Bingham To Go Bust In Wake Of Morgan Lewis Raid
Bingham To Go Bust In Wake Of Morgan Lewis Raid
By: David Lat
226 out of the roughly 300 partners at embattled Bingham McCutchen will be joining Morgan Lewis by the end of this month. The Bingham partners will be followed to Morgan Lewis by an undetermined number of other lawyers and staff. After the dust settles, Morgan Lewis expects to be a 2,000-lawyer firm with offices in 28 cities and $2 billion in annual revenue.
So yay for Morgan Lewis, which has a history of raiding flailing firms for talent (most notably Brobeck, from which it acquired about 150 lawyers, including 50 partners). But what is the fate of Bingham? To that sad subject we now turn….
The key point to understand about what’s taking place between Bingham and Morgan Lewis is that it is not a merger. The firms had been in merger talks for months, Bingham prepared itself for a union by squaring away a messy malpractice claim, and the Bingham partnership not surprisingly voted in favor of being rescued. But in the end, Morgan Lewis opted for cherry picking over eating the whole burrito (to mix culinary metaphors). Several astute ATL readers predicted this turn of events.
Yes, MLB is picking a lot of cherries — about three-quarters of the Bingham partners — but it’s still leaving a fair amount on the tree. The passed-over Bingham partners must be feeling pretty sad, like rotten (or at least bruised) fruit. And the likely fate of Bingham won’t lift their spirits. Casey Sullivan of Reuters has this report (sub. req.):
“By the end of the month, Bingham McCutchen, a 123-year-old law firm once thriving off work like the litigation stemming from the BP Deepwater Horizon oil spill, will be no more….
When the [Morgan Lewis] deal closes, which is expected to happen in the next couple of weeks, the Bingham partnership will be dismantled, according to two sources, putting an end to Bingham’s two-decade push to transform itself from a regional Boston firm into a global one.”
Consider this an object lesson in the dangers of ambition. If Bingham hadn’t binged by gobbling up other firms, maybe it wouldn’t find itself about to enter dissolution. (On the other hand, hindsight is 20/20; defenders of Bingham’s expansionist strategy would probably argue that the firm wouldn’t have fared well by merely standing in place.)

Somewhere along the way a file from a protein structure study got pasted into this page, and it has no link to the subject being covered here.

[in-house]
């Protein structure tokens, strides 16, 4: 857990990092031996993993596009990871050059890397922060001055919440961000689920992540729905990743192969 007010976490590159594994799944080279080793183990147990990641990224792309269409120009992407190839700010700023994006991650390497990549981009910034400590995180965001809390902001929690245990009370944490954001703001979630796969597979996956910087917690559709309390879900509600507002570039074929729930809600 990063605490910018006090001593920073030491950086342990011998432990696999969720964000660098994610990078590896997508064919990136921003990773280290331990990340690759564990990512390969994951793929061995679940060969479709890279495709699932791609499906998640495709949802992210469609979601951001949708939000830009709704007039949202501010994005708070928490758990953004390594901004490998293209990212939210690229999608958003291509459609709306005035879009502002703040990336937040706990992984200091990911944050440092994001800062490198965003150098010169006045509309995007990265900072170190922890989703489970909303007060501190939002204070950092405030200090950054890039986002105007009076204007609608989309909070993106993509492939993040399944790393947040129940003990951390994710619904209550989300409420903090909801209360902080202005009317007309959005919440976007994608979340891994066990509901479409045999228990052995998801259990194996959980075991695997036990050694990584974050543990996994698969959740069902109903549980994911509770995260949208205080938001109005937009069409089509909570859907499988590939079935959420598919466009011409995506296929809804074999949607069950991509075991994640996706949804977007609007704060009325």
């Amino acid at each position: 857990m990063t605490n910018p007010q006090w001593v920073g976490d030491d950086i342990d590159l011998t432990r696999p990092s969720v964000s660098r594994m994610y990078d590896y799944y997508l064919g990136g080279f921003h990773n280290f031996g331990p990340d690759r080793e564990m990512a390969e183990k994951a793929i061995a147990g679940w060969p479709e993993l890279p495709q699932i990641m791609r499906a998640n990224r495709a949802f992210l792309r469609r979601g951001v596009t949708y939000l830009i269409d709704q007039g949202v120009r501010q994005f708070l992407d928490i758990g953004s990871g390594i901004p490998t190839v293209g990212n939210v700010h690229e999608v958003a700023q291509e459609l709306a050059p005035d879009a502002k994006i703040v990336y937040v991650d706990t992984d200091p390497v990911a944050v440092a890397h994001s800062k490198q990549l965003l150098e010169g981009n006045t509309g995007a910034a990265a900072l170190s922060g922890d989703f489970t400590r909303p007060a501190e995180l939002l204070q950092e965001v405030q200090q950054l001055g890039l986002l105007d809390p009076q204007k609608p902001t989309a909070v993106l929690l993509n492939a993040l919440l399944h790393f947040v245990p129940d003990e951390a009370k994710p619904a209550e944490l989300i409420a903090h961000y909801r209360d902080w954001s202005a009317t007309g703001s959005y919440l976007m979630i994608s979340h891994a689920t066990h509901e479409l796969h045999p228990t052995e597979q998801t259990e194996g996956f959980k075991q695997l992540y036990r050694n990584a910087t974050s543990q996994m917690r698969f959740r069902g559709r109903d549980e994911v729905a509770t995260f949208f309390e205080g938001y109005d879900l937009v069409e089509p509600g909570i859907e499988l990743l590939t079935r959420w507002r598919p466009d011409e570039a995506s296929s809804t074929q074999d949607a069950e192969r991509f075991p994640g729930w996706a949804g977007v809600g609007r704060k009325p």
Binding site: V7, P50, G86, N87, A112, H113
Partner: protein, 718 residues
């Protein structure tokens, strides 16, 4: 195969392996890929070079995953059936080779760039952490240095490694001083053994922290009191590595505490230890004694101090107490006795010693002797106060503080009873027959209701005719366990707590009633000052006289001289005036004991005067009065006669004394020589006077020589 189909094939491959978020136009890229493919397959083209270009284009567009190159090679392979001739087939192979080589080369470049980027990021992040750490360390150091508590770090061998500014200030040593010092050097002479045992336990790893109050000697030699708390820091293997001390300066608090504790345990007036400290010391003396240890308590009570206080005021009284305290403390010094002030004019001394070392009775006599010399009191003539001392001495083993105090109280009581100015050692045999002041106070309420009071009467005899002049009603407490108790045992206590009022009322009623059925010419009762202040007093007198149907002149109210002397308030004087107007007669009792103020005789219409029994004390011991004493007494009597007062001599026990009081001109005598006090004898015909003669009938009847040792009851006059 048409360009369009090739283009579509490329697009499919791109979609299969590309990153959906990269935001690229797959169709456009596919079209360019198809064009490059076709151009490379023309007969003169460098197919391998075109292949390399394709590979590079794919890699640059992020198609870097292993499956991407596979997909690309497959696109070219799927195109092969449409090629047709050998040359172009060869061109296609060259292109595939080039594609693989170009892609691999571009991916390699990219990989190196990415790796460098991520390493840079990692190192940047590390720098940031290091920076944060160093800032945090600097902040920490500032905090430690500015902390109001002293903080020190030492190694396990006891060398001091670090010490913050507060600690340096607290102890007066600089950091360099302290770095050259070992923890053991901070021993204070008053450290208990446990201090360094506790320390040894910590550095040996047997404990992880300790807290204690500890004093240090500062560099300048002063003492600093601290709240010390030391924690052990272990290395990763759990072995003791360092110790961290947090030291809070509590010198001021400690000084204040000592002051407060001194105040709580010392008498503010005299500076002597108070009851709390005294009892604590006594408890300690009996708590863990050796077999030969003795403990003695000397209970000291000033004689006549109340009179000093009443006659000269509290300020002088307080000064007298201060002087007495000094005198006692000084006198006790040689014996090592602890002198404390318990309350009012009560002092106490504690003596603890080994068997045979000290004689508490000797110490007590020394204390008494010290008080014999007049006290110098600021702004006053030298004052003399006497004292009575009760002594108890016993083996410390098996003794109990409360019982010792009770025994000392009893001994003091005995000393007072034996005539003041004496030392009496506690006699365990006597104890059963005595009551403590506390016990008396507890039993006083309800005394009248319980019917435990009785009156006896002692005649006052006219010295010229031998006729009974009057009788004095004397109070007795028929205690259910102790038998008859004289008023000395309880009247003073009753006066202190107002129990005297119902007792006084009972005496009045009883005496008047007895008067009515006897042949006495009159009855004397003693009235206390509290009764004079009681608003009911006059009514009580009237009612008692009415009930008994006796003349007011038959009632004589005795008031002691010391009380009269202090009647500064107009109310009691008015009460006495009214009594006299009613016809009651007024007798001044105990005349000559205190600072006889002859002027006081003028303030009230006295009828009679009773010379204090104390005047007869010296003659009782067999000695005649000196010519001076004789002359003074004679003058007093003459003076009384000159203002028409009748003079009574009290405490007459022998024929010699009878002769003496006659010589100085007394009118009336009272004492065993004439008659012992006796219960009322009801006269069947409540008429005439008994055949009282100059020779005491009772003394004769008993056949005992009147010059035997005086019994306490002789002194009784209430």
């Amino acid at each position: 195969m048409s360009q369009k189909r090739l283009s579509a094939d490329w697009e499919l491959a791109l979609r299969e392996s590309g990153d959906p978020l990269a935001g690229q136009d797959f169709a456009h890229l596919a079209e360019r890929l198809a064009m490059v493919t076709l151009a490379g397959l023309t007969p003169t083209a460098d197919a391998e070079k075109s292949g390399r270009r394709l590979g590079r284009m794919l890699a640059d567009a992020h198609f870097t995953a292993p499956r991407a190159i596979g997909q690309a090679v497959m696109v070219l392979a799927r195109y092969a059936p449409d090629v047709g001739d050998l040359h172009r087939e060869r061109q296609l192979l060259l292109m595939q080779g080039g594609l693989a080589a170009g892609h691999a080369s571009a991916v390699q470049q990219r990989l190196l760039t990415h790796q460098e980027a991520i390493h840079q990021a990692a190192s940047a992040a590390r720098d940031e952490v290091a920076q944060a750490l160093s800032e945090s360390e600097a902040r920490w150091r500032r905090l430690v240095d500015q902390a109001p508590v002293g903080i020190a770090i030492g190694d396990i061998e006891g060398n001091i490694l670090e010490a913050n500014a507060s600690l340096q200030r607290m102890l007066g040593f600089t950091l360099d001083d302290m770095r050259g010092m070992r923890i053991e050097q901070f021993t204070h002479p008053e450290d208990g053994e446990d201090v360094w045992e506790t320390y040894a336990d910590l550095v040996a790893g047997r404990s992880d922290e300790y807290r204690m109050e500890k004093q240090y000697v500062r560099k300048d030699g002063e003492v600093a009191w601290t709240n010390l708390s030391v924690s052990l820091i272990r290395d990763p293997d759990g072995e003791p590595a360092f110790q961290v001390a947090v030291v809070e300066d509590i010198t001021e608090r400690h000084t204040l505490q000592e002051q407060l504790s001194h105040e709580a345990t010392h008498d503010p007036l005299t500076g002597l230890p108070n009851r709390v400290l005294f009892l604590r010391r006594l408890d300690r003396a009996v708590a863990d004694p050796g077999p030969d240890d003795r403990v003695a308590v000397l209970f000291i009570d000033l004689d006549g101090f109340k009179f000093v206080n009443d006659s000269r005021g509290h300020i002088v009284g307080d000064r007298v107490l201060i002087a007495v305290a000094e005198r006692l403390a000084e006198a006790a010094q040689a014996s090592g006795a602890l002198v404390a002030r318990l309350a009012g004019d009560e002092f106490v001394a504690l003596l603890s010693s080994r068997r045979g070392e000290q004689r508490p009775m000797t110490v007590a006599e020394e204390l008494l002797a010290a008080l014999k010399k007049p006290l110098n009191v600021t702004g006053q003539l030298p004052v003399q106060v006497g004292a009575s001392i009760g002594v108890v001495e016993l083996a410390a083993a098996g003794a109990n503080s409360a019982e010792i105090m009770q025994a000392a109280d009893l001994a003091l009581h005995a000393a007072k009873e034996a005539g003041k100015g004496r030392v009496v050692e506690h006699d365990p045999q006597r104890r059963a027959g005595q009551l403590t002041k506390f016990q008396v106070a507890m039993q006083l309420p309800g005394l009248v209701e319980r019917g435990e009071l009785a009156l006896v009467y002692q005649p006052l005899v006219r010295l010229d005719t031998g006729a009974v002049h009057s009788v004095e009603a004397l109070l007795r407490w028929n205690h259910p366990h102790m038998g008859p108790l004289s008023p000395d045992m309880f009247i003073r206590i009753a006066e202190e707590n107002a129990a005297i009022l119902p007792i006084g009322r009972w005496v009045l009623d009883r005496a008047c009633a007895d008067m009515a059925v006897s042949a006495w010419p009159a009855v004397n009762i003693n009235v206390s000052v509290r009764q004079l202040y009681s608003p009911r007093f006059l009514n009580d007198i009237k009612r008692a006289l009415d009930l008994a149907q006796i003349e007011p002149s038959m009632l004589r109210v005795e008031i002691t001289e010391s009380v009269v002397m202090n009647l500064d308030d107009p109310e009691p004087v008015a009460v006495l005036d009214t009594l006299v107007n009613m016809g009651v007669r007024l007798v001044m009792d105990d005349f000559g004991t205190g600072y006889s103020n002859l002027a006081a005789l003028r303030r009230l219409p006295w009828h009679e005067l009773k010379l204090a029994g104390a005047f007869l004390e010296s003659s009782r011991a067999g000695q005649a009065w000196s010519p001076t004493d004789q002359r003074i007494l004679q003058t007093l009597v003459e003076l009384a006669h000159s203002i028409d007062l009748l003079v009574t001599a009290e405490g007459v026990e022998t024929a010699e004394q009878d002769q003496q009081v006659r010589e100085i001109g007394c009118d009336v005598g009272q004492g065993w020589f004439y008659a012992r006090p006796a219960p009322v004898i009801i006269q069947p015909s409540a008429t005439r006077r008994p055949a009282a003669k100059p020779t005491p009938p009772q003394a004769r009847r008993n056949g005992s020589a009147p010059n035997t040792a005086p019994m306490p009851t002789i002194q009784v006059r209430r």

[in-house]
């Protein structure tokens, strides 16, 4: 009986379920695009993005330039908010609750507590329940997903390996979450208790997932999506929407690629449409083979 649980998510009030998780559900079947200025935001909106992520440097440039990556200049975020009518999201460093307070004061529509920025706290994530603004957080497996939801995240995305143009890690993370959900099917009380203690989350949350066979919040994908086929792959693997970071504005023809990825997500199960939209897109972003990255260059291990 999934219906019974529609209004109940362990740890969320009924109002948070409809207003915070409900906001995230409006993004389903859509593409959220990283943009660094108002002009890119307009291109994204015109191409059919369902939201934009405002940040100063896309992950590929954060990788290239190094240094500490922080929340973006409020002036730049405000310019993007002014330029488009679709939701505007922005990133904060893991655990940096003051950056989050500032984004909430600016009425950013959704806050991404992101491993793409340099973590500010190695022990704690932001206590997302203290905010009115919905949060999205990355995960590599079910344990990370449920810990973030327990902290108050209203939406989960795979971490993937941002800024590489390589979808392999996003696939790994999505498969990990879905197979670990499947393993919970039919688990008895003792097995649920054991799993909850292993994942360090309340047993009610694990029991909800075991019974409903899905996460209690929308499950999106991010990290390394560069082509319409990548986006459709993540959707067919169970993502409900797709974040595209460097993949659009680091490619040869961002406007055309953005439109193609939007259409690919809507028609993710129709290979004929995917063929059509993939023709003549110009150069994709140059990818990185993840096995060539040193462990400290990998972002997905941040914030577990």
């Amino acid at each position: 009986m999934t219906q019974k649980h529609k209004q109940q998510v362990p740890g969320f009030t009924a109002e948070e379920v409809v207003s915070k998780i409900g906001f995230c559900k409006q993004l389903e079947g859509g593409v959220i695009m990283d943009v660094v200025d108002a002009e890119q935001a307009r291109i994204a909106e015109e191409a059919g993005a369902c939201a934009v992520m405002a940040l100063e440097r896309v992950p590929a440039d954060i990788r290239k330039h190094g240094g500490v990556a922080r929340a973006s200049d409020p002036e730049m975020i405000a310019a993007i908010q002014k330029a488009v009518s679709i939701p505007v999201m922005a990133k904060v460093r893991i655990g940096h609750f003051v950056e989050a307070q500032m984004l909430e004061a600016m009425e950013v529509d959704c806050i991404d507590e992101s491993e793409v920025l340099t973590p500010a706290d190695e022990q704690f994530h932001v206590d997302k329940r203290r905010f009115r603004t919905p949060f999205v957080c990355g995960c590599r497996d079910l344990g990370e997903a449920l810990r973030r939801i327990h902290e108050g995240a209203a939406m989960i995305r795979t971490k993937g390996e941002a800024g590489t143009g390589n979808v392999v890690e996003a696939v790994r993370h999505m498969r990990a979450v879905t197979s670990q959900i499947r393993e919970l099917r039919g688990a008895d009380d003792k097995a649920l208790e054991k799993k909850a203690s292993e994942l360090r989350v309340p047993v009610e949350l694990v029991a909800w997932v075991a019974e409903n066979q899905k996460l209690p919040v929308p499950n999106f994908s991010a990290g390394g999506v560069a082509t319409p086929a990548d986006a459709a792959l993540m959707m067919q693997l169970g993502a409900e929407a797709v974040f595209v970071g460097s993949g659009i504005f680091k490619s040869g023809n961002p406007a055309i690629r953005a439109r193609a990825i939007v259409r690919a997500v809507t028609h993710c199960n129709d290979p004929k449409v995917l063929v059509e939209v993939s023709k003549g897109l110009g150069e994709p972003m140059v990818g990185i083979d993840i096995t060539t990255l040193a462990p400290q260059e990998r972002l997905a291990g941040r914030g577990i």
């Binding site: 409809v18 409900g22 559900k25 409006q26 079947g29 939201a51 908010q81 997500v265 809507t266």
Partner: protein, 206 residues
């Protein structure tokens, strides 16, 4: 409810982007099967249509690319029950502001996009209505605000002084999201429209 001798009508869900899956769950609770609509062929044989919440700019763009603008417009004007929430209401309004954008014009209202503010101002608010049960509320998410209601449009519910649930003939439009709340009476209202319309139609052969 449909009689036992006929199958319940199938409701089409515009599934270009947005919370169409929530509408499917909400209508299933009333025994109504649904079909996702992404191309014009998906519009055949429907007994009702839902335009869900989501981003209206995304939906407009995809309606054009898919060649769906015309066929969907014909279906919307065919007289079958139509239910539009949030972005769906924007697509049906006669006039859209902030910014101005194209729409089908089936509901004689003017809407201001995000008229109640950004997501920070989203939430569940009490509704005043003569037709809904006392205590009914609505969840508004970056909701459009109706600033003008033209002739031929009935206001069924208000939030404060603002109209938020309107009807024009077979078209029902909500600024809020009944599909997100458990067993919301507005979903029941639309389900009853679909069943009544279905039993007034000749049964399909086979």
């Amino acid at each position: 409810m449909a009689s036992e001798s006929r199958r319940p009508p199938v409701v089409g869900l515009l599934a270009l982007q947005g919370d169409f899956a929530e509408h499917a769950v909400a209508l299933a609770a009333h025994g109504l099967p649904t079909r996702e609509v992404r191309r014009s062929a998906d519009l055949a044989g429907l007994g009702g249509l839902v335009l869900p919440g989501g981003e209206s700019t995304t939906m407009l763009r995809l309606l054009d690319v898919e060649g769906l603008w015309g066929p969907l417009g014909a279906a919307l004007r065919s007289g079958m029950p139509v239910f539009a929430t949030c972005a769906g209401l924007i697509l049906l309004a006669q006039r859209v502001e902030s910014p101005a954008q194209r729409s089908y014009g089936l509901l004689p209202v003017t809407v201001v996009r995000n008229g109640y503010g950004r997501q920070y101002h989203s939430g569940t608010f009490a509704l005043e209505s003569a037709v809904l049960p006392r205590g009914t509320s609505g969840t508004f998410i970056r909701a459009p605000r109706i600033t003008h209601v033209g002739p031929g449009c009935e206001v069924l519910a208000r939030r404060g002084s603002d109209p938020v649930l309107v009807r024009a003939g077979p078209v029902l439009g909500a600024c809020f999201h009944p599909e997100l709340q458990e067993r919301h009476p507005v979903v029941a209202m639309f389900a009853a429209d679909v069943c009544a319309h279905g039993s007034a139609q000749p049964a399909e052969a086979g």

What will happen to the Bingham partners who don’t migrate to Morgan Lewis? They will (hopefully) find homes at other firms. For example, according to Reuters, Seyfarth Shaw is hiring four litigation partners in Boston, including William Berkowitz, former co-chair of Bingham’s antitrust and trade regulation practice.
What will Morgan Lewis be picking up besides the 226 partners? The precise contours of the deal aren’t clear, but reports suggest that Morgan Lewis will assume some of Bingham’s liabilities, including certain leases for office space. Am Law reports that Morgan Lewis also might use some of Bingham’s accounts receivable and work-in-progress to pay down Bingham liabilities — but if this is really not a merger, that would have to be handled very, very carefully.
If many of the Bingham lawyers and staff find new professional homes, at Morgan Lewis or elsewhere, who is the real loser here? Perhaps Citibank, which held some of Bingham’s reported $100 million in debt, if that debt ends up not being repaid in full over the course of Bingham’s dissolution (which could take years). But according to Reuters, many Bingham partners joining Morgan Lewis will be borrowing from Citi for their capital contributions — recall that Bingham didn’t require its partners to put in capital — and some of those contributions will be used to pay down some of Bingham’s debt with Citi. Presumably bankruptcy lawyers are quite involved in this process; if Bingham ends up being insolvent, other creditors of Bingham will surely complain if Citi gets preferential treatment, especially because of a banking relationship with Morgan Lewis as a firm or individual Bingham-turned-Morgan-Lewis partners.
Many questions remain about the fate of Bingham. Will the firm wind up in bankruptcy as the dissolution process unfolds? What will happen to Bingham’s costly back-office operation in Lexington, Kentucky? What about benefits for retired Bingham employees? As one of them recently told Above the Law:
“Above the Law has been told by Bingham benefits that if the [transaction] with Morgan Lewis goes through, Bingham retirees will no longer be able to get health insurance coverage through the firm for both future retirees and current retirees. Right now open enrollment for everyone is on hold pending the merger/non-merger. This is in spite that a letter was sent to select Bingham employees a few years ago who met certain qualifications (years of service, age at that time) stating that the recipients would be able to get health insurance coverage through the firm in their retirement.”
Lat, David. “Bingham To Go Bust In Wake Of Morgan Lewis Raid.” Above the Law. Above the Law, 17 Nov. 2014. Web. 20 Nov. 2014.